- Form follows function. As I get older, and (hopefully) wiser, I'm drawn less by the "this does and has everything" and more by the appreciation of a simple, elegant solution to a problem in a straightforward manner.

- While I'm not fully into the "ultralight/minimalist" camp of things, I've found frequently over the past few years that the products manufactured for the alpine/minimalist side do tend to be better constructed and thought out than the more mass-market versions.

So, those are my thoughts in general. Perhaps I might dabble more in discussing certain lines or product categories as a whole if there is interest, or I'll stick with what I know and be quiet. :D

Thursday, June 19, 2014

OPSEC, once more for the slow kids

While this is not a new trend, the acceleration over the past few years has been horrible.

Once upon a time, should a military unit associated with "covert" activities conduct a successful operation, no one knew - or if they did, it was attributed to a larger unit, or to the "military" as a whole.

As for the members, you quietly went your way, kept your mouth shut and maybe talked about things at work with people who were in the same places. A trophy or memento might go up in a team room, but certainly not with any big plaque or credit to things.

Because that was part of the job. And because it kept things easier for the next trip downrange, since the bad guys didn't know when, where or how the good guys worked.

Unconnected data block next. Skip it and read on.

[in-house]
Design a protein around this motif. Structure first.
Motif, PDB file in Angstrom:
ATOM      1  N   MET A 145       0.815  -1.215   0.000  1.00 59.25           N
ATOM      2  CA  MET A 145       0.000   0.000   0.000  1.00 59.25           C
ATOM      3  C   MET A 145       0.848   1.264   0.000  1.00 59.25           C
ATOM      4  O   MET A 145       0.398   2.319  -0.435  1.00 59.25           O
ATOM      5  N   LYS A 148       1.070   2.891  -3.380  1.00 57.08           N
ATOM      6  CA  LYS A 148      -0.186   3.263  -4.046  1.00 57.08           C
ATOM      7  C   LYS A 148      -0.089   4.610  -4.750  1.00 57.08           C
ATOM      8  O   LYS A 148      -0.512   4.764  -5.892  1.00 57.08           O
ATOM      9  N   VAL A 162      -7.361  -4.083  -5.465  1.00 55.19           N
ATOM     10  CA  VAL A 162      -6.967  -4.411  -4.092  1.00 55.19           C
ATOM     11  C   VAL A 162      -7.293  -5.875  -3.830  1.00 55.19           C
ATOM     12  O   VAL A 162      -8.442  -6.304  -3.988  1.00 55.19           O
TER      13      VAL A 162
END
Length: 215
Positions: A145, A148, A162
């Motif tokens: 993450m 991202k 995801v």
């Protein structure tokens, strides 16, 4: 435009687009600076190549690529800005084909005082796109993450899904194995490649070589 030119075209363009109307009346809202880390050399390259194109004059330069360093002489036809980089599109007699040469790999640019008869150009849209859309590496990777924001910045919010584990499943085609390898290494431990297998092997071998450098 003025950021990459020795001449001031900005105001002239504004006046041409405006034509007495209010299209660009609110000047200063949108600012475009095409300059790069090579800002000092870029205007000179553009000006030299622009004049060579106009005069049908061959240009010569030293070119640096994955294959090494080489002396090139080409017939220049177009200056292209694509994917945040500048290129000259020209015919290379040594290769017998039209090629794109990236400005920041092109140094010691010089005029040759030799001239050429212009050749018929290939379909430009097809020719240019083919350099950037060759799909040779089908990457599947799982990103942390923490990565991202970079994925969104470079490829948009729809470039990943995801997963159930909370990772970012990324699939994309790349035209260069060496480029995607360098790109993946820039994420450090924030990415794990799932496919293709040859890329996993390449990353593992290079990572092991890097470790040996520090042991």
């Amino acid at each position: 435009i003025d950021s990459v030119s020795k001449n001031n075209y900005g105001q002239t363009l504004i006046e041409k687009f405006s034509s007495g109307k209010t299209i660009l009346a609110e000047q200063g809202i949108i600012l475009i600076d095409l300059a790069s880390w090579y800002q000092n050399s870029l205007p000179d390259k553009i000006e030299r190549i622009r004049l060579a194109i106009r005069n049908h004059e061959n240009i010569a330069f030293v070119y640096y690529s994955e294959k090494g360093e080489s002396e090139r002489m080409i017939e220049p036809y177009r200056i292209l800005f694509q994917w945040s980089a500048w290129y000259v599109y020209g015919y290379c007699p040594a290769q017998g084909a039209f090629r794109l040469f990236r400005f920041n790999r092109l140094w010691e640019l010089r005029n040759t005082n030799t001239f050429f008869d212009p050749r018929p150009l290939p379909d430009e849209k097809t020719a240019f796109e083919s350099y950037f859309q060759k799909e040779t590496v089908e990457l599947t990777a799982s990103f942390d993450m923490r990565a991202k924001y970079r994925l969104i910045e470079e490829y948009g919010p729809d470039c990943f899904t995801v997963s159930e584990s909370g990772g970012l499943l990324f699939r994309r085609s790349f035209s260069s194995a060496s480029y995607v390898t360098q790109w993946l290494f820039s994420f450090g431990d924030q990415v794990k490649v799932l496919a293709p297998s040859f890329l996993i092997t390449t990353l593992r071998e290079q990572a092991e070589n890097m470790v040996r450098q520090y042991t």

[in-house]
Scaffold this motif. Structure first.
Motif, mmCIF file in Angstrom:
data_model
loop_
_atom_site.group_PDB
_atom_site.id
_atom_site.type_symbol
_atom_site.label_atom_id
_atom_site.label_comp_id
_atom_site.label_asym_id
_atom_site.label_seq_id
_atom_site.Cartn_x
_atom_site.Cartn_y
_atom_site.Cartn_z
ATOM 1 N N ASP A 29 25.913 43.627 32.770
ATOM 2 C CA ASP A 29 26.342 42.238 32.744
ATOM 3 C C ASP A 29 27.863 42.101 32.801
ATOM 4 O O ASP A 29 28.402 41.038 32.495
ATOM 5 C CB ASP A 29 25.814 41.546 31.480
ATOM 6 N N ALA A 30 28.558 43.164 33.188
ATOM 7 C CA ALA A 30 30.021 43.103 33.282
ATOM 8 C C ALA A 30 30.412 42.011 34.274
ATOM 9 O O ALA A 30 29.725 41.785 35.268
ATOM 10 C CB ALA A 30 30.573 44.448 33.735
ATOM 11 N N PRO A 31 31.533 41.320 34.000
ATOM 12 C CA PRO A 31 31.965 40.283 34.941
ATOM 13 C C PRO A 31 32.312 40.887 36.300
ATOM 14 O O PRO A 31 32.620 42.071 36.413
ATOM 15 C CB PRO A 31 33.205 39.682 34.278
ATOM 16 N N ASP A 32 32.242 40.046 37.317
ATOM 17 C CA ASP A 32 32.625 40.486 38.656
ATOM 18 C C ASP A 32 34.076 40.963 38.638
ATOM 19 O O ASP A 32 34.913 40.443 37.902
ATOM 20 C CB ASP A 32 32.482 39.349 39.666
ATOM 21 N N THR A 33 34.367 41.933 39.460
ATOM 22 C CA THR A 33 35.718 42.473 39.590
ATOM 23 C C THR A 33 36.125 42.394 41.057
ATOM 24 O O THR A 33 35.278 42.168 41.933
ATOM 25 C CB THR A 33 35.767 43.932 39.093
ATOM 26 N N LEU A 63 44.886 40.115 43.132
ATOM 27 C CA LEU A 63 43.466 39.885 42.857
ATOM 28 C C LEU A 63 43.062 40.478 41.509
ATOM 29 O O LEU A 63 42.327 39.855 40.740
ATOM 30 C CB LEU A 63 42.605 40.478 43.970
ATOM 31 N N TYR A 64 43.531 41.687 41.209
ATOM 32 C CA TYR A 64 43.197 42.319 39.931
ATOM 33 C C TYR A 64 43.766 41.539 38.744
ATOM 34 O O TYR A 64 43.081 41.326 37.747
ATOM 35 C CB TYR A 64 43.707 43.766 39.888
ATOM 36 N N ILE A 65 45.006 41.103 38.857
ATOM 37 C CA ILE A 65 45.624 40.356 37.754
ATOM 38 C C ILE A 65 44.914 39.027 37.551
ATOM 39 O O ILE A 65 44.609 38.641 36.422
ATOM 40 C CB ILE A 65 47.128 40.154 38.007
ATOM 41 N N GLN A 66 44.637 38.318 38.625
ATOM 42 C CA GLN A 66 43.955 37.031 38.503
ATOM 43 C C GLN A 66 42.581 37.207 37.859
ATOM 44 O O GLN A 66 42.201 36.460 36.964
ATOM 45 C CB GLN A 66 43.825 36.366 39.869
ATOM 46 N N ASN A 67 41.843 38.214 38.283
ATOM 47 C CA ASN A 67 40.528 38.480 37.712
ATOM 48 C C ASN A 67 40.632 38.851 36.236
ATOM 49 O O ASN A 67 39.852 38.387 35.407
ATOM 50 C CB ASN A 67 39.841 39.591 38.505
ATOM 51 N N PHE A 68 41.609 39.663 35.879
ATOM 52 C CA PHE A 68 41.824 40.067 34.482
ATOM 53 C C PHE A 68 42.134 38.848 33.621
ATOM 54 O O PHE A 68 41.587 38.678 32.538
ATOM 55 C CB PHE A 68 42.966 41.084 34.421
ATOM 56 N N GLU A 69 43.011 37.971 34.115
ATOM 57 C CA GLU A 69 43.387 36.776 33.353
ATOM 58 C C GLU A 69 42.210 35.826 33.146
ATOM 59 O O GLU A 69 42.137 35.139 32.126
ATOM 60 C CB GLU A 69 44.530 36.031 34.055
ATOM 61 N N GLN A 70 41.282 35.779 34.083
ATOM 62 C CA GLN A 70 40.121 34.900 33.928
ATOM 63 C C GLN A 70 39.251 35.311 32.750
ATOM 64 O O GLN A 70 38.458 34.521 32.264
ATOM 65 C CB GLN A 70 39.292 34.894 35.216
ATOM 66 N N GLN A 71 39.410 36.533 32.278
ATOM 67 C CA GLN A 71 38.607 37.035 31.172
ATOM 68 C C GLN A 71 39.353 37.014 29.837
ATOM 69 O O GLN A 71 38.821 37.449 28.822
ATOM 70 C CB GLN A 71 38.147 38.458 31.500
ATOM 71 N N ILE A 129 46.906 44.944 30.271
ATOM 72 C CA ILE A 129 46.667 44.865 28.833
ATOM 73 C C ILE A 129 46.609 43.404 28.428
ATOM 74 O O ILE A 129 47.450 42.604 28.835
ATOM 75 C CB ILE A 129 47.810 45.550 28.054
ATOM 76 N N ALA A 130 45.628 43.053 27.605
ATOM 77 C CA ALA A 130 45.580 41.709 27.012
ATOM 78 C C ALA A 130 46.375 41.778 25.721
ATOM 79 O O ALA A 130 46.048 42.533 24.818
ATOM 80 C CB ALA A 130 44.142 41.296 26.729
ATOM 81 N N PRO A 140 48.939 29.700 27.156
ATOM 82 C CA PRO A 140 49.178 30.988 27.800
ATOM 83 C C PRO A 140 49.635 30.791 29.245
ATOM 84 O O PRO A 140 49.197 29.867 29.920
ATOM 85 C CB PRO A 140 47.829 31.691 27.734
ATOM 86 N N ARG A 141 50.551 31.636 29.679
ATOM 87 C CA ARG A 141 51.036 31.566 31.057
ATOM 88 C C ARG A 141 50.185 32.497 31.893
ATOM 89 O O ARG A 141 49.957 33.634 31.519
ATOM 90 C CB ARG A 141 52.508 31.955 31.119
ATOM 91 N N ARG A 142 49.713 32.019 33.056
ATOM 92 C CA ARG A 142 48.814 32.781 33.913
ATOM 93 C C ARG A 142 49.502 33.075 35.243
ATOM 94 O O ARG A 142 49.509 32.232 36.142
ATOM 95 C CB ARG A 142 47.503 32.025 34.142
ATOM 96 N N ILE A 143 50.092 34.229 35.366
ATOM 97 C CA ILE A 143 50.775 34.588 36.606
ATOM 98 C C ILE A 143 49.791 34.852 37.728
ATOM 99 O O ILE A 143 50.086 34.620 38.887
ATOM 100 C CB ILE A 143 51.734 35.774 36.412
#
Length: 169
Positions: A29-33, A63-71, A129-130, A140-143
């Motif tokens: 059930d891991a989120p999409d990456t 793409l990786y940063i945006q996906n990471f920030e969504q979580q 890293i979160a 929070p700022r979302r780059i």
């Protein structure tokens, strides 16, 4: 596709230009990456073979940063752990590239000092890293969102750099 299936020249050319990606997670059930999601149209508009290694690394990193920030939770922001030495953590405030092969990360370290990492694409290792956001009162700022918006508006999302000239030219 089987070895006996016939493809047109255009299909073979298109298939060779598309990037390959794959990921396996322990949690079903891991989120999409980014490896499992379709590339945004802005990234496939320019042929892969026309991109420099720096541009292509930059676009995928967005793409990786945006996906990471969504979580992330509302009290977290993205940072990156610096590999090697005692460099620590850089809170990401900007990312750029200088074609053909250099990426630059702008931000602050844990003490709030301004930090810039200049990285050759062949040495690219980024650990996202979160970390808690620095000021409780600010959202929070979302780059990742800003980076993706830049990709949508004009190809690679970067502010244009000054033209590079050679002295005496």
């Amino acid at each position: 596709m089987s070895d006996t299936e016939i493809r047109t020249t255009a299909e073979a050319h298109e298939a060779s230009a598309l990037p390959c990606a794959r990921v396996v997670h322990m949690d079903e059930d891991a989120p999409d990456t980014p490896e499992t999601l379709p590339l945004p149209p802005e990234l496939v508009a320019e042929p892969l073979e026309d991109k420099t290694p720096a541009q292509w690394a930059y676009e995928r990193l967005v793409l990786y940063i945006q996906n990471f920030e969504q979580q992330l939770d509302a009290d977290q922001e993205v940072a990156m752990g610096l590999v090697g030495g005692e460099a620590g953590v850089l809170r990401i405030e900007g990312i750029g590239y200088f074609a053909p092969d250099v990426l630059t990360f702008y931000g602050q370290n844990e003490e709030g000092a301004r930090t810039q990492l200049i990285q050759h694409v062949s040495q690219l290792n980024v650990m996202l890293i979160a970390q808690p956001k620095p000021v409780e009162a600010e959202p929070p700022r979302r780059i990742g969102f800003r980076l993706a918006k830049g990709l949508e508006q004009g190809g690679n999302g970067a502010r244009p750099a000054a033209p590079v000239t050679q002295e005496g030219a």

But nowadays, heck, the helo engines aren't even cool before someone in D.C. is discussing the operation, who did what, naming units and players and the like.

Shut up people. You're putting people and families at risk. You're jeopardizing future operations. And you aren't accomplishing a single thing except looking dumb with your "look who I have working for me" crap.

Take a page from the British and the Israelis. And quit talking out of school.

Friday, June 13, 2014

Current Events

I asked a Vietnam era vet friend today if this is what guys felt like in April '75. His response was "Pretty much exactly the same."

The world's in a handbasket, and they have cut the rope. I can't decide whether to be frustrated or concerned anymore.

Wednesday, June 11, 2014

Lessons Learned

Had a smile to myself today (in private) at one of the many lessons the military taught me which I still carry to this day. In that it is possible to use physical exertion to re-direct a wayward young boy back towards the right path in a way that involves no violence, abuse, belittling, or other adverse means - instead it just serves to bring some excess energy towards improving the body and the mind while explaining certain realities of life to a young man.

It's funny how some push-ups and calisthenics can be so much more effective than yelling or spanking or grounding ever would be.

Friday, June 6, 2014

Apparently I've been labeled again

So a momentary conversation tonight, which then drifted into certain TV shows and their roots etc. - the wife made this comment:

"Oh, if it didn't have just one season you're just not interested..."

It's not my fault I have better taste than the networks!

Thursday, June 5, 2014

For those having trouble keeping score

We just established that we'd gladly trade Darth Vader, the plans for the Death Star and a controlling interest in Mos Eisley for Porkins the fat X-wing pilot.

Things Normal People Don't Say

While doing some cleaning and sorting this morning:

"Now, why did I leave a smoke grenade in that bag again?"

Yes, we're a bit... different... around these parts.